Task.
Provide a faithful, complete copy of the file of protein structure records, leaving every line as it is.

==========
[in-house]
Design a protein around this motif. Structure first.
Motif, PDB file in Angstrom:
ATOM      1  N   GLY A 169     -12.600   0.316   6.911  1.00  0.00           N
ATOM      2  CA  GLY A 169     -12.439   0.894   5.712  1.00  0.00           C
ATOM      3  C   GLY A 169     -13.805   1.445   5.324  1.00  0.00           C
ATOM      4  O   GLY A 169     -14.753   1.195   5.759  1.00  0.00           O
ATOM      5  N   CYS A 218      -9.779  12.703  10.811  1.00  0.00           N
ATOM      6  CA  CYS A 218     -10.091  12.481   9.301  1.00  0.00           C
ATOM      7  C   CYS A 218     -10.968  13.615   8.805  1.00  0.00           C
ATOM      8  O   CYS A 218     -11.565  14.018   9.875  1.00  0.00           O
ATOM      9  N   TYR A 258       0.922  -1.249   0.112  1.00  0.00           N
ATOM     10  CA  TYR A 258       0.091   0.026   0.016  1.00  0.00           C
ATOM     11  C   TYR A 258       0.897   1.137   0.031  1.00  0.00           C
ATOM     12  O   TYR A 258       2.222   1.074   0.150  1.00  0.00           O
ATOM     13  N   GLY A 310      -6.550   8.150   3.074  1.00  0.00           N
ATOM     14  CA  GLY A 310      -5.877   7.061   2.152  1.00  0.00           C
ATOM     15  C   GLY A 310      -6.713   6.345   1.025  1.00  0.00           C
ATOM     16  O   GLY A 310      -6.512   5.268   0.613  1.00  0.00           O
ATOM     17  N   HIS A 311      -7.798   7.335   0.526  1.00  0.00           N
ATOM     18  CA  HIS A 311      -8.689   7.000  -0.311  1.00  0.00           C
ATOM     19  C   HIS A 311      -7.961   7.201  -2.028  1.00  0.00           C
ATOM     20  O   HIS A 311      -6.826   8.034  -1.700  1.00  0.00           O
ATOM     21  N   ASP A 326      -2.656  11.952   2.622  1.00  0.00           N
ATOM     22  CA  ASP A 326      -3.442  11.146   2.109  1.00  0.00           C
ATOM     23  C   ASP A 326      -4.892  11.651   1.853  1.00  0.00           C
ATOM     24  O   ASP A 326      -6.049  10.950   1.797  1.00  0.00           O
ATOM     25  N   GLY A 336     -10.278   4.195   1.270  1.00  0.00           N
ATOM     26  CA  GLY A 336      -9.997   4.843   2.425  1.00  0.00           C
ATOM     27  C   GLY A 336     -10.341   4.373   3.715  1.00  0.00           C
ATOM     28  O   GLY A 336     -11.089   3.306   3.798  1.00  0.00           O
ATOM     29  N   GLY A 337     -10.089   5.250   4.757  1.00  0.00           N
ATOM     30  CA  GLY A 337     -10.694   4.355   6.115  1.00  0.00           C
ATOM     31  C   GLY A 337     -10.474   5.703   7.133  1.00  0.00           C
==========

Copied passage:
[in-house]
Design a protein around this motif. Structure first.
Motif, PDB file in Angstrom:
ATOM      1  N   GLY A 169     -12.600   0.316   6.911  1.00  0.00           N
ATOM      2  CA  GLY A 169     -12.439   0.894   5.712  1.00  0.00           C
ATOM      3  C   GLY A 169     -13.805   1.445   5.324  1.00  0.00           C
ATOM      4  O   GLY A 169     -14.753   1.195   5.759  1.00  0.00           O
ATOM      5  N   CYS A 218      -9.779  12.703  10.811  1.00  0.00           N
ATOM      6  CA  CYS A 218     -10.091  12.481   9.301  1.00  0.00           C
ATOM      7  C   CYS A 218     -10.968  13.615   8.805  1.00  0.00           C
ATOM      8  O   CYS A 218     -11.565  14.018   9.875  1.00  0.00           O
ATOM      9  N   TYR A 258       0.922  -1.249   0.112  1.00  0.00           N
ATOM     10  CA  TYR A 258       0.091   0.026   0.016  1.00  0.00           C
ATOM     11  C   TYR A 258       0.897   1.137   0.031  1.00  0.00           C
ATOM     12  O   TYR A 258       2.222   1.074   0.150  1.00  0.00           O
ATOM     13  N   GLY A 310      -6.550   8.150   3.074  1.00  0.00           N
ATOM     14  CA  GLY A 310      -5.877   7.061   2.152  1.00  0.00           C
ATOM     15  C   GLY A 310      -6.713   6.345   1.025  1.00  0.00           C
ATOM     16  O   GLY A 310      -6.512   5.268   0.613  1.00  0.00           O
ATOM     17  N   HIS A 311      -7.798   7.335   0.526  1.00  0.00           N
ATOM     18  CA  HIS A 311      -8.689   7.000  -0.311  1.00  0.00           C
ATOM     19  C   HIS A 311      -7.961   7.201  -2.028  1.00  0.00           C
ATOM     20  O   HIS A 311      -6.826   8.034  -1.700  1.00  0.00           O
ATOM     21  N   ASP A 326      -2.656  11.952   2.622  1.00  0.00           N
ATOM     22  CA  ASP A 326      -3.442  11.146   2.109  1.00  0.00           C
ATOM     23  C   ASP A 326      -4.892  11.651   1.853  1.00  0.00           C
ATOM     24  O   ASP A 326      -6.049  10.950   1.797  1.00  0.00           O
ATOM     25  N   GLY A 336     -10.278   4.195   1.270  1.00  0.00           N
ATOM     26  CA  GLY A 336      -9.997   4.843   2.425  1.00  0.00           C
ATOM     27  C   GLY A 336     -10.341   4.373   3.715  1.00  0.00           C
ATOM     28  O   GLY A 336     -11.089   3.306   3.798  1.00  0.00           O
ATOM     29  N   GLY A 337     -10.089   5.250   4.757  1.00  0.00           N
ATOM     30  CA  GLY A 337     -10.694   4.355   6.115  1.00  0.00           C
ATOM     31  C   GLY A 337     -10.474   5.703   7.133  1.00  0.00           C